For flowers and gifts retailer Ferns N Petals (FNP), cakes account for 30% of the sales. The company forayed into cakes with FNP Cakes N More outlets in April, 2017, to cater to gifting premium, designer cakes. After launching 50 such outlets, it has now upgraded six of them to cafés, hoping to earn incremental revenues. It is pertinent to note that FNP’s foray into the QSR segment, with Chatak Chaat back in 2005, was unsuccessful. The retail chain serving street food shut shop in three years.
The Delhi-based company also has a wedding planning business. As if that wasn’t all, FNP has also ventured into the premium drinking water category. FNP Water was launched in November last year to supply premium drinking water at its wedding venues. Its retail presence is currently restricted to FNP outlets; but will be expanded later. With multiple businesses, is the ‘gifting’ brand stretching its proposition too thin?
According to Harminder Sahni, founder & MD, Wazir Advisors, QSR and water are totally unrelated categories for the company. “It is alright as long as FNP drops concepts quickly if they don’t work. Most successful companies don’t fail in their core business; it is diversification that drags them down,” he warns.
FNP started as a premium florist chain and opened its first outlet in 1994. Considering that flowers are highly perishable, FNP worked on the supply chain, sourcing and logistics to save costs and build volumes. Today, the company has an omnichannel business model. “The offline presence aids brand recall and also brings in delivery capability, while online gets these shops a huge chunk of orders to become sustainable and viable from day one,” says Pawan Gadia, CEO, online and retail, FNP.
Fast delivery, while maintaining quality, is key to the business. “The hub-and-spoke model, which is popular in e-commerce, doesn’t work in the perishable category, especially since our focus is on same-day and one-hour delivery,” adds Gadia.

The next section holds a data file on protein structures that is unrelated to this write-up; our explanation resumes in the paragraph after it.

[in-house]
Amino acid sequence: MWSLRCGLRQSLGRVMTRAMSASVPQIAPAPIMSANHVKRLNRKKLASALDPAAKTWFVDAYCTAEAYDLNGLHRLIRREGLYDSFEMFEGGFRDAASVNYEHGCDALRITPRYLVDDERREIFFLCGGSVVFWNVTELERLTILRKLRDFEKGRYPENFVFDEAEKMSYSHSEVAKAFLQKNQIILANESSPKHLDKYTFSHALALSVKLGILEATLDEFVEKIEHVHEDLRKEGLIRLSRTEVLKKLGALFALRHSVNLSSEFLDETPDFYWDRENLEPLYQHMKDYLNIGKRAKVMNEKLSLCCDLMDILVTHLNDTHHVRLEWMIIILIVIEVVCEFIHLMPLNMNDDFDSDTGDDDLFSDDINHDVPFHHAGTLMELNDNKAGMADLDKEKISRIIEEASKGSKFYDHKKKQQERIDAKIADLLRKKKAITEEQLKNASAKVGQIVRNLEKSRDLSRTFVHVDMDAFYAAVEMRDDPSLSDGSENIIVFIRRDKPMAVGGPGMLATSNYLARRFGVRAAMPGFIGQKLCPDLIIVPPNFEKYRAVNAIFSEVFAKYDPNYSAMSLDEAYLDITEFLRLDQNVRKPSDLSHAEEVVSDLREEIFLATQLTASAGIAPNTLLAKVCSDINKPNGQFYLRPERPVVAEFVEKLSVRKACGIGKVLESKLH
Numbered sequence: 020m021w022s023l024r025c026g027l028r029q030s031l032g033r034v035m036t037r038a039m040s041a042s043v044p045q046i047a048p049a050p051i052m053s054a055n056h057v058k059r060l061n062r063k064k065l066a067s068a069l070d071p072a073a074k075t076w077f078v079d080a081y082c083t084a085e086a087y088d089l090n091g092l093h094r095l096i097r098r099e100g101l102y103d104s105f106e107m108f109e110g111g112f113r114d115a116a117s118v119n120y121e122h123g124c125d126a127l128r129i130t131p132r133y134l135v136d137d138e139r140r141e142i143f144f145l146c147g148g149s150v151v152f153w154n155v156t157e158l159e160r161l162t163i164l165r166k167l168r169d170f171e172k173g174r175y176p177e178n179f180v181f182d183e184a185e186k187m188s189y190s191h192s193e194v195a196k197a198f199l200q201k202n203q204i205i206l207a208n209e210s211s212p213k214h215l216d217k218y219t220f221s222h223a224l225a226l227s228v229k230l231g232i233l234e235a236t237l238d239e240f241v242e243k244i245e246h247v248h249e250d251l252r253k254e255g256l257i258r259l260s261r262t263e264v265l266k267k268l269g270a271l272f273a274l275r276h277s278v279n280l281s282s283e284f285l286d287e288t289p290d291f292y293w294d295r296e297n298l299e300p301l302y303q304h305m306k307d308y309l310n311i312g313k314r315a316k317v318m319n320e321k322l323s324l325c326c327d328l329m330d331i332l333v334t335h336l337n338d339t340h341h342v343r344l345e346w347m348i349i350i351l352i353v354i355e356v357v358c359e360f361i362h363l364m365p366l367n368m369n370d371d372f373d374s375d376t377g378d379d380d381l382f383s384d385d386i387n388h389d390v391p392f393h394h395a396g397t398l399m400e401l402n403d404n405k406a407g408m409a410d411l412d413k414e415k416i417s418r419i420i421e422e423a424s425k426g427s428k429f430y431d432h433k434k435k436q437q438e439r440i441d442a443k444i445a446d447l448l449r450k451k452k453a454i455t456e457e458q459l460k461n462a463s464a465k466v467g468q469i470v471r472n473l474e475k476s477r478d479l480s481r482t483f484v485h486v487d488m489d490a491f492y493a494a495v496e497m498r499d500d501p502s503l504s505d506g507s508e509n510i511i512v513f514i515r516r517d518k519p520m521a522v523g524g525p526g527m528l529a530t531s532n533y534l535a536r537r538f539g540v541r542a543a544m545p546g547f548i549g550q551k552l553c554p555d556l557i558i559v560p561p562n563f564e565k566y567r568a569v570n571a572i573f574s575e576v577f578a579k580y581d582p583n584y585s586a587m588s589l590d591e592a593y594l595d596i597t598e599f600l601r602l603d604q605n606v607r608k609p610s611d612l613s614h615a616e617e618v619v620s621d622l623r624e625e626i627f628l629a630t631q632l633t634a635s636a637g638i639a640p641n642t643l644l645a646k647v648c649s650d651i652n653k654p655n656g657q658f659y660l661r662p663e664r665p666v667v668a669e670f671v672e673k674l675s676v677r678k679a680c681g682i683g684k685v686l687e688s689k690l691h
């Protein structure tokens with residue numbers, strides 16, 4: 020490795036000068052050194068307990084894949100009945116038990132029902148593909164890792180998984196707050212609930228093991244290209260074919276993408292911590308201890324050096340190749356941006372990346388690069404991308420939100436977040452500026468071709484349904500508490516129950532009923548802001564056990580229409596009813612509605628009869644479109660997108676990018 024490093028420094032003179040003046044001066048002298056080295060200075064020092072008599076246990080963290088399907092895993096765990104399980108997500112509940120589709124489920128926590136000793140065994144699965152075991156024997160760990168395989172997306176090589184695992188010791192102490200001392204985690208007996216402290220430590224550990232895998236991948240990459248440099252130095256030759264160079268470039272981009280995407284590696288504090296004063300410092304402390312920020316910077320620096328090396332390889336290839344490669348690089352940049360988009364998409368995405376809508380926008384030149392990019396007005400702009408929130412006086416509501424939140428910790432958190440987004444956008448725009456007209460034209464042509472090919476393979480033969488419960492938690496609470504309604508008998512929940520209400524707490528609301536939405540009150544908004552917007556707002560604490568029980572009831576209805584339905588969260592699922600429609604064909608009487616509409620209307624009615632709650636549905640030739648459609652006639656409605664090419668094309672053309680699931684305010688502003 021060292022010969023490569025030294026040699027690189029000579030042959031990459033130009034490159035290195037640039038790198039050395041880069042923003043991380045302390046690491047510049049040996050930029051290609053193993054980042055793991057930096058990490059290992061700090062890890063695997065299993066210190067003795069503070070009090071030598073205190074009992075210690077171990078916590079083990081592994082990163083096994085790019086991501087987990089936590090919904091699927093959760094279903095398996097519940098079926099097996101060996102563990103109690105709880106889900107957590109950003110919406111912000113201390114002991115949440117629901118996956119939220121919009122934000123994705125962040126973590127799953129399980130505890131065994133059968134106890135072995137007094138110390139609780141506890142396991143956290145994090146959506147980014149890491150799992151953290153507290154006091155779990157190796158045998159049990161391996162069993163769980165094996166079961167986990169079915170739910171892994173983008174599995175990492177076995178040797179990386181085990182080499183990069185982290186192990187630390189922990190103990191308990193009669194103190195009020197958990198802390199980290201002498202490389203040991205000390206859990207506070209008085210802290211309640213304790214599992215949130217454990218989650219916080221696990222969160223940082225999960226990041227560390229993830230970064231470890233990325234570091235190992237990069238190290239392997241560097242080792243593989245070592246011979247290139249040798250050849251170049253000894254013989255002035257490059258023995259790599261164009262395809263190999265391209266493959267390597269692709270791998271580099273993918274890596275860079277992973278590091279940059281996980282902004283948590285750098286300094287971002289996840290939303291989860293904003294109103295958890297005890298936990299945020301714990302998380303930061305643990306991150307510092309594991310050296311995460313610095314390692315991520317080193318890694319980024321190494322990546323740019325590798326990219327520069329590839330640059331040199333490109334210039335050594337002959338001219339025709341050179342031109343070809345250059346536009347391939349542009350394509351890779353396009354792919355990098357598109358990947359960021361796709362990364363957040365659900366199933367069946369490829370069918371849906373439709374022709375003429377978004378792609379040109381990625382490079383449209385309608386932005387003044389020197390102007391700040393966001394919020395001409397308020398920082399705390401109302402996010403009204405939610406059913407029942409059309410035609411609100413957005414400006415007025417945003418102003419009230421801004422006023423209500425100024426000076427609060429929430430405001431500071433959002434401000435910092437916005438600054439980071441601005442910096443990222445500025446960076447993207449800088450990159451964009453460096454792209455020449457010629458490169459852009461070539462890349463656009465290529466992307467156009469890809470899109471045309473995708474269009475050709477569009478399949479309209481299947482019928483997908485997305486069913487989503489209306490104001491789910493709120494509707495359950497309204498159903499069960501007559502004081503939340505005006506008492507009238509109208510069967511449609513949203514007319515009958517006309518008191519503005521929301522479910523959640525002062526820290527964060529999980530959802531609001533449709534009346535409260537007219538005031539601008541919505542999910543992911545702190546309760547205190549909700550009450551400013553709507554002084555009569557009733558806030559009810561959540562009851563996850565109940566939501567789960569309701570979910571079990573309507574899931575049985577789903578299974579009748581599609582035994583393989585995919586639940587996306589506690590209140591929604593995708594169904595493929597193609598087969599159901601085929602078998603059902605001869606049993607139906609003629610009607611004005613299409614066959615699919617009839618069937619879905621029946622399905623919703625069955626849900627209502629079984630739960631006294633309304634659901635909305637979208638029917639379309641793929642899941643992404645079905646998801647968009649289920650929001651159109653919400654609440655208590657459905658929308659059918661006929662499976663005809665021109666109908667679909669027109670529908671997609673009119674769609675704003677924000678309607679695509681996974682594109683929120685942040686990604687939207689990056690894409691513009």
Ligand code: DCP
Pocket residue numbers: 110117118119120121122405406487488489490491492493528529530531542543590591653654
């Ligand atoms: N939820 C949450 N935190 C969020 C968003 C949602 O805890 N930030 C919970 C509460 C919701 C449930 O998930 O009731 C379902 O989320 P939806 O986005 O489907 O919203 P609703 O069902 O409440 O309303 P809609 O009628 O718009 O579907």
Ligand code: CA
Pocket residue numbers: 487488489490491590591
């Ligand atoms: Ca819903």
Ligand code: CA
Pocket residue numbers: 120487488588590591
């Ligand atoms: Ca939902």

FNP aims to become a Rs 500-crore business by 2020. Ferns N Petals Pvt Ltd reported total revenue (excluding wedding business) of Rs 140.5 crore in FY 18, as against Rs 108.5 crore in FY 17, as per RoC data. The revenue from its wedding business was around Rs 100 crore in FY 18, the company claims.
Rahul Kapur, partner, Grant Thornton India, says that while margins are good in events and weddings (around 18-25%), QSR models require different skills. “The brand will have to spend big on advertising and promotions, to create a niche for itself in a category dominated by Chaayos, Barista and Café Coffee Day,” he adds.
FNP commands one-third of the organised flower market in India, but cakes is its most lucrative business. For every one flower shop, there are at least five cake shops in India. FNP has 260 flower shops in 105 cities and 50 Cakes N More outlets in 25 cites. “We are exploring the café model in some of the bigger outlets with 500 sq ft area. The rental of the shop contributes 15-20% of the topline. So if we increase the area by 100 sq ft, with a small increase in rental, we are able to increase the topline by at least Rs 1 lakh per month,” says Gadia.
However, the concept of cafés is likely to be restricted to metro and tier-I cities. The retail expansion in tier-II cities will be driven by smaller format stores of 250-300 sq ft with a focus on gifting, especially items like plants, printed cups and cushions.
Perils of expansion
Diversifying into categories like gifting, QSR and water will not be a bed of roses for FNP. With big horizontal players such as Amazon and Flipkart, and hyperlocal players such as Big Basket operating in the gifting space, the category is intensely competitive. It is no longer restricted to products alone, but has moved into services such as gifting vacations, weekend getaways, etc. FNP, too, launched Experiences this year to offer services such as dining and birthday party décor.
“While the foray into cakes, experiences and weddings will work well, as it keeps to the brand’s core, the QSR foray can bleed FNP substantially,” says N Chandramouli, CEO, TRA Research. Likewise, its entry into the water segment, that already has big brands such as PepsiCo, Coca-Cola and Parle, is riddled with risks. It entails a strong distribution network and high marketing budgets. Ravi Wazir, a food and restaurant industry consultant, does not think FNP’s wedding business and retail network are big enough to provide critical mass to justify spends.